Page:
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I have a storyboard which I reuse to animate some pictures, I wanna perform some operation after each animation, which includes some calculations, and then running another animation, so I believe I should be using the StoryBoard's Completed Event MyStoryboard.Completed += storyboard_Com​pleted;

What I'm curious about is, should I start the next animation in the current StoryBoard's Storyboard_Completed Event? And, are there any implications if I started the first animation in a separate thread using the Application.Current.Dispatcher Object?

If I called a StoryBoard.Begin() in a separate thread using the Application.Current.Dispatcher, does the Storyboard_Completed Event also get invoked in the UI thread? In this case, do I still need to wrap the Next Animation within another Dispatcher Invoke?

private void Story_Completed(object sender, EventArgs e)

Is this correct? Or is there a better way to check if a storyboard has ended and start the next set of calculations & storyboard animation right after that?

I've thought of using a single background worker to handler all animations and calculations in sequence, but I'm also wondering how to "wait" for the animation to complete before starting on the next set of calculations and animations. Is it normal for a BackGroundWorker to have Thread.sleep while waiting for animation to complete?

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I think you don't have to call SomeNewStoryBoardAnimation.Begin(); with the Dispatcher since Story_Completed is called by the UI Thread. – Cédric Bignon Feb 4 '13 at 16:33
Did you find the answer to your question? – BTownTKD Feb 7 '13 at 13:31
(Action)delegate() could be simplified with ()=> – sam Apr 12 at 12:55
up vote 5 down vote accepted

You could wrap the Storyboard in a Task object and await its completion.

Here is an excellent bit of sample code illustrating how to do just that, taken from a blog post by Morten Nielsen:

public static class StoryboardExtensions
    public static Task BeginAsync(this Storyboard storyboard)
        System.Threading.Tasks.TaskCompletionSource<bool> tcs = new TaskCompletionSource<bool>();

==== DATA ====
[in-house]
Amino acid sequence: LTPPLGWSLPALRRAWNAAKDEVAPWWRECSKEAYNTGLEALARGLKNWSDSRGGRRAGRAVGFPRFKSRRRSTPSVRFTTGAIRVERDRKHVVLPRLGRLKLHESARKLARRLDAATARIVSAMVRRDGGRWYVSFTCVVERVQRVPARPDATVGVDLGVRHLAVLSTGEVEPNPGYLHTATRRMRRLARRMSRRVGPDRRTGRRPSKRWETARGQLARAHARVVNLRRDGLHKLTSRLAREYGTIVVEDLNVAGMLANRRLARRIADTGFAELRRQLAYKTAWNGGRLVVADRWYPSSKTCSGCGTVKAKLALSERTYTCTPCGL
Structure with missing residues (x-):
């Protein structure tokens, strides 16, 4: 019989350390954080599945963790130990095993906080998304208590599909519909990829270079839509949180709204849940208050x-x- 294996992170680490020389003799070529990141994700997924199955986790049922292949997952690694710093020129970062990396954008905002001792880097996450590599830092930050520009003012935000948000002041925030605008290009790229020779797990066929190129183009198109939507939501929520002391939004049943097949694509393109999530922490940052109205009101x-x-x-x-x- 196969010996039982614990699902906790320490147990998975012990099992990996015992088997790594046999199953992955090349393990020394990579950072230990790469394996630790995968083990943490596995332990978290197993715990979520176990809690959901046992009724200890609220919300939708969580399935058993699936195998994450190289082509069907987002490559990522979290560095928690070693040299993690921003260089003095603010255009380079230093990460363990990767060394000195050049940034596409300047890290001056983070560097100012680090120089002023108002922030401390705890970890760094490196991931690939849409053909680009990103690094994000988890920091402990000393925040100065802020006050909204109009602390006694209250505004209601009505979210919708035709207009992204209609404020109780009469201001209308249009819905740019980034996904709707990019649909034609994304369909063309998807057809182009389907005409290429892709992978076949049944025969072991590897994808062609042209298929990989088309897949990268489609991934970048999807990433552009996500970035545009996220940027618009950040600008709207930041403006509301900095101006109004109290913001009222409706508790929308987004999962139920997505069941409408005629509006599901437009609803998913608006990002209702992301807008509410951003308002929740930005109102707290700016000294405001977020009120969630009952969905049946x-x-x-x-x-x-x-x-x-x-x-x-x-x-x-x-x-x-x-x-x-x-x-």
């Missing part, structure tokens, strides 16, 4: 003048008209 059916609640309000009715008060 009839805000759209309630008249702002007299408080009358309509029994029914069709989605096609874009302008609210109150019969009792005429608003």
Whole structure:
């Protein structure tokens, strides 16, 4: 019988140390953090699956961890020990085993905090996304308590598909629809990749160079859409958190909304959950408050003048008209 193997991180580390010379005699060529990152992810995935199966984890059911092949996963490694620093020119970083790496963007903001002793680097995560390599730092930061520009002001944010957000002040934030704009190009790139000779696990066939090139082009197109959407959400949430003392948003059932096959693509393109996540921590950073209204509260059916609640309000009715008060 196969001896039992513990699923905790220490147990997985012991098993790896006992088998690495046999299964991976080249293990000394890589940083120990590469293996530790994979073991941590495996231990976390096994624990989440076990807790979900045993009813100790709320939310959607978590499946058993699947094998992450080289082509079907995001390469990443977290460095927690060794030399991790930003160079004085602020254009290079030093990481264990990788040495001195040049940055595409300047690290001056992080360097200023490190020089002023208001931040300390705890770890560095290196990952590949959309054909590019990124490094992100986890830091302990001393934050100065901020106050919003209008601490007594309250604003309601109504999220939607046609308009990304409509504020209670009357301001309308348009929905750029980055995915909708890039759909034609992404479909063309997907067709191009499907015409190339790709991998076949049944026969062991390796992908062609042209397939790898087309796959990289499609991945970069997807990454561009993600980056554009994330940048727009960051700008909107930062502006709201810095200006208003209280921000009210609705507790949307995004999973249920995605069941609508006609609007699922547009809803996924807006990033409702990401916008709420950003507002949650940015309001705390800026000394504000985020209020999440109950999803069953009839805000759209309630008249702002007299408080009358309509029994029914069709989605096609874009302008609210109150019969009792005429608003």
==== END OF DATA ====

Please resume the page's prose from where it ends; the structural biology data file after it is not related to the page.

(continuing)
if (storyboard == null)
            tcs.SetException(new ArgumentNullException());
            EventHandler<object> onComplete = null;
            onComplete = (s, e) => {
                storyboard.Completed -= onComplete; 
            storyboard.Completed += onComplete;
        return tcs.Task;

Essentially you're creating an extension method, which returns a Task object signalling the completion of the Storyboard. In this way, you get some nice fluid syntax like this:

//Start the storyboard and asynchronously await completion...
await myStoryboard.BeginAsync();

//Do my other stuff here, after the storyboard completes...
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It's a nice solution, however it may be more appropriate to use the CurrentStateInvalidated event, because Completed is not raised if the Storyboard will be stopped. You would compare current clock state with ClockState.Stopped and ClockState.Filling, then. – JeffRSon Nov 28 '14 at 11:17

Using the Storyboard.Completed event should work for your purposes. The Storyboard.Completed event handler should fire on the UI thread, so you should not need to call Application.Current.Dispatcher.Invoke to fire off the second Storyboard.

There should be no implications if you call the original Storyboard.Begin using Application.Current.Dispatcher.Invoke. This won't launch the storyboard animation on a new thread. It will asynchronously invoke the animation on the main UI thread. Whether you call Begin on the UI thread yourself or whether you use Application.Current.Dispatcher.Invoke to do it, the final result should be the same. Your completed event handler will fire when the storyboard finishes, and you can perform your calculations and fire off the next storyboard.

See the following question for some discussion of storyboard having being used in the past as a timer because of the fact that it runs on the UI thread:

What is the point of using Storyboard as timer?

Also, this is probably overkill for the specific case you are describing, but if you need to orchestrate a bunch of sequential, asynchronous operations, you could use Reactive Extensions:


The following article includes a sequential storyboard example (though the article is old enough that the syntax has probably changed):


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